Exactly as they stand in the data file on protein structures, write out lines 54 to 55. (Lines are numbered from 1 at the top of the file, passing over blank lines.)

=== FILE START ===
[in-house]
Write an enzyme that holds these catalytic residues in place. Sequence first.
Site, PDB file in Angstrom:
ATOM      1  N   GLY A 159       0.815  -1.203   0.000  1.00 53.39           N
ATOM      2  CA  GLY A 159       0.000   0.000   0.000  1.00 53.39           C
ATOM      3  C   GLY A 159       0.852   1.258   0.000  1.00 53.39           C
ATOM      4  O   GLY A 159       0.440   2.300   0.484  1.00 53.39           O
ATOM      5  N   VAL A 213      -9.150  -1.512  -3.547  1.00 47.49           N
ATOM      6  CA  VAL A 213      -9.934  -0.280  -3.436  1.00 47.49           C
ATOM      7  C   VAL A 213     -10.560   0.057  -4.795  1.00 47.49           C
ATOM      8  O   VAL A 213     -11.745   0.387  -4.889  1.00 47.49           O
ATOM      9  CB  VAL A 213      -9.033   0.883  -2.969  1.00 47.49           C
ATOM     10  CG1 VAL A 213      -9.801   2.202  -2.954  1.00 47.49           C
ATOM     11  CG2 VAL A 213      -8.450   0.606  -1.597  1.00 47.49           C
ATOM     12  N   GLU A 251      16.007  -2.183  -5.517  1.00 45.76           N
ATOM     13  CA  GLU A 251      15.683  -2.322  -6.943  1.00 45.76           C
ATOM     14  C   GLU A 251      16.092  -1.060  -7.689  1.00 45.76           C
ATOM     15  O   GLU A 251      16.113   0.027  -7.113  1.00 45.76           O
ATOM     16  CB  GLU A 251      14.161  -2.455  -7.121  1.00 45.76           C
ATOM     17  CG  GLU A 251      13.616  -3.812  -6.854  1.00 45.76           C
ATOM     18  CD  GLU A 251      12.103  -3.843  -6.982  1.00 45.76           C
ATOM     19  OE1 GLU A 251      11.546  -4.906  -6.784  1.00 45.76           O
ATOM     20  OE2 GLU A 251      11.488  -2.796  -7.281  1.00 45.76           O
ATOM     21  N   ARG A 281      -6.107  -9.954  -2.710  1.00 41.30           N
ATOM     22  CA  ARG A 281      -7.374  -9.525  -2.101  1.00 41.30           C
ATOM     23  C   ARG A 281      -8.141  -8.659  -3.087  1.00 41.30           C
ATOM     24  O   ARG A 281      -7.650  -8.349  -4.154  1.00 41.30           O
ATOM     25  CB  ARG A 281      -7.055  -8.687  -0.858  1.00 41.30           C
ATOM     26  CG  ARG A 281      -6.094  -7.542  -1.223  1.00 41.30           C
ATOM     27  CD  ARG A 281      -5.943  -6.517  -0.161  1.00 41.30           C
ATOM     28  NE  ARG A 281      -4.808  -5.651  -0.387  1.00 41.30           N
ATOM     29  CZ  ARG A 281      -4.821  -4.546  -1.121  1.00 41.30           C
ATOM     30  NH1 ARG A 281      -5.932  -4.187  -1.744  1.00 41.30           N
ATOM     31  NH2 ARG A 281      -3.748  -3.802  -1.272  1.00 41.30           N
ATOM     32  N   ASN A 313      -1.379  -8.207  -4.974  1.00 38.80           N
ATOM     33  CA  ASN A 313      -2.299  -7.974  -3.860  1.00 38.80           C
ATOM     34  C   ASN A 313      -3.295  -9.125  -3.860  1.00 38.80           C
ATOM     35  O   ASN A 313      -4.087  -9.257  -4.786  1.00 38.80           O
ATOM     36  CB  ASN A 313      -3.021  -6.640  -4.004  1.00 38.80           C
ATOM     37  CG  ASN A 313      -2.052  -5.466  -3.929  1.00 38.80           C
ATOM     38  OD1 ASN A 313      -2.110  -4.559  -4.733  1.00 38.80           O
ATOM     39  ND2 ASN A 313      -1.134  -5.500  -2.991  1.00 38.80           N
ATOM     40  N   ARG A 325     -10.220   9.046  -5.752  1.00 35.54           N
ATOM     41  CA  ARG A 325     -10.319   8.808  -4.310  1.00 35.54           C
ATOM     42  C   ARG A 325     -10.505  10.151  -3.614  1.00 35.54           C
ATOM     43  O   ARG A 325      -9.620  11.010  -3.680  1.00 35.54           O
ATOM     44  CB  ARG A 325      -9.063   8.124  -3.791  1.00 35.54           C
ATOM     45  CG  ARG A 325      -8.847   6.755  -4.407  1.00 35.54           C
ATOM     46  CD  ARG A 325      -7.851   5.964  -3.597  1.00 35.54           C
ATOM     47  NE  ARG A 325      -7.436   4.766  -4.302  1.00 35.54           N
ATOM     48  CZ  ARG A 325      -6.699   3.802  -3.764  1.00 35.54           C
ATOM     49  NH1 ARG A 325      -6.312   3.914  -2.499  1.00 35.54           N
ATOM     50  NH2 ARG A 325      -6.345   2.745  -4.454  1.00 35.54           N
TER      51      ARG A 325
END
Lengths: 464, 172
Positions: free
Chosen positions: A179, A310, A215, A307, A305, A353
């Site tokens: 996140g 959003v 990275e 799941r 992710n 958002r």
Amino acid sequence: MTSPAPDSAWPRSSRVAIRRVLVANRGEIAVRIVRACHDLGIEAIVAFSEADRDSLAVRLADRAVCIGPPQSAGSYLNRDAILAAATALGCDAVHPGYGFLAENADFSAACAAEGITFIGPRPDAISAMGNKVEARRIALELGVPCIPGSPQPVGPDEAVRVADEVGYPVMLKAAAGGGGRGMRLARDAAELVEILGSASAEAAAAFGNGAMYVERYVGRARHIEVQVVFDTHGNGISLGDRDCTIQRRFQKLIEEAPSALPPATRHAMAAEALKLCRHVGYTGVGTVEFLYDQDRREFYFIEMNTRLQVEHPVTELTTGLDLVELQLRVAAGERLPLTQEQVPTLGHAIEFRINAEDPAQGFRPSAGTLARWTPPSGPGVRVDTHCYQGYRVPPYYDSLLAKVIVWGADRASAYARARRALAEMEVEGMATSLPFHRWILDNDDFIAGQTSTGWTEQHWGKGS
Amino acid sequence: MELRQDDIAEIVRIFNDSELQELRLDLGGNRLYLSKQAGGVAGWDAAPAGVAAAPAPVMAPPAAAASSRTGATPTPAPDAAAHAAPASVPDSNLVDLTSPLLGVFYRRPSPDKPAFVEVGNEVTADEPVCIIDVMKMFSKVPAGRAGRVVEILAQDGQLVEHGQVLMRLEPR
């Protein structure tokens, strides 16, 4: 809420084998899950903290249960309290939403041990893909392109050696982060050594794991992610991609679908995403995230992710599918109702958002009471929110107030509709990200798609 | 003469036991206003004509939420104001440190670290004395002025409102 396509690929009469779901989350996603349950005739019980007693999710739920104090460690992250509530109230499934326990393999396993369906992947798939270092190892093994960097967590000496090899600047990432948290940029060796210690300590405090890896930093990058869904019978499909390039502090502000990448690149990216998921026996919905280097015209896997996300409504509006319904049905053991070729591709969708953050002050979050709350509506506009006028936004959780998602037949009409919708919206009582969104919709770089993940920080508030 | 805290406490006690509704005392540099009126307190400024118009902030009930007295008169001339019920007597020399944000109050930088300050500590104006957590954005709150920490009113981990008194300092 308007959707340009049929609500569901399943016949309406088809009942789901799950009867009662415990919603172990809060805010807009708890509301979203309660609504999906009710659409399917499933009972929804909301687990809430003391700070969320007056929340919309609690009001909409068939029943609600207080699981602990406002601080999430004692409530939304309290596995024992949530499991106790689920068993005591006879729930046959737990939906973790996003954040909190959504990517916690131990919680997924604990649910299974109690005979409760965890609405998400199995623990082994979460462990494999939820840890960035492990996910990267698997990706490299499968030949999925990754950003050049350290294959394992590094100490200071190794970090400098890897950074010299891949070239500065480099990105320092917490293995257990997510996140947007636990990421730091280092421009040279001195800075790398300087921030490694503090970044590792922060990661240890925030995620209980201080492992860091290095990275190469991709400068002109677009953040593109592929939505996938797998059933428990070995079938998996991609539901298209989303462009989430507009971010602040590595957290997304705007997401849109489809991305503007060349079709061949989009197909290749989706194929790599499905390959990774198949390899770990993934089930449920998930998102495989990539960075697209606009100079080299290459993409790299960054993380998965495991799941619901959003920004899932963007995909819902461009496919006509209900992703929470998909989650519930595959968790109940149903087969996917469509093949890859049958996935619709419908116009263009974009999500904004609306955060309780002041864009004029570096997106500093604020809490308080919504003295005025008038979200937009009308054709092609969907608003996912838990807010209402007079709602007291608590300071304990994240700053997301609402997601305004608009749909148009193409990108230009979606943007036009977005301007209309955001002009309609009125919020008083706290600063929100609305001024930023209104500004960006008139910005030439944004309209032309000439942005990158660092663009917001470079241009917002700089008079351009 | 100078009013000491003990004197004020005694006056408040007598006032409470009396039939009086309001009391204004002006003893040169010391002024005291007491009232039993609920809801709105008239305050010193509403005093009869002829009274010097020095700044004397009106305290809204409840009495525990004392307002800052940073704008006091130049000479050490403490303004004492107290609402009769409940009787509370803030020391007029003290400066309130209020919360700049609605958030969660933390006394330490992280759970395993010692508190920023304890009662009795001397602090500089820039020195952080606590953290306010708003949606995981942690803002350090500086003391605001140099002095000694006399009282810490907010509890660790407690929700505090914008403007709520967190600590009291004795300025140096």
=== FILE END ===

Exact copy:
TER      51      ARG A 325
END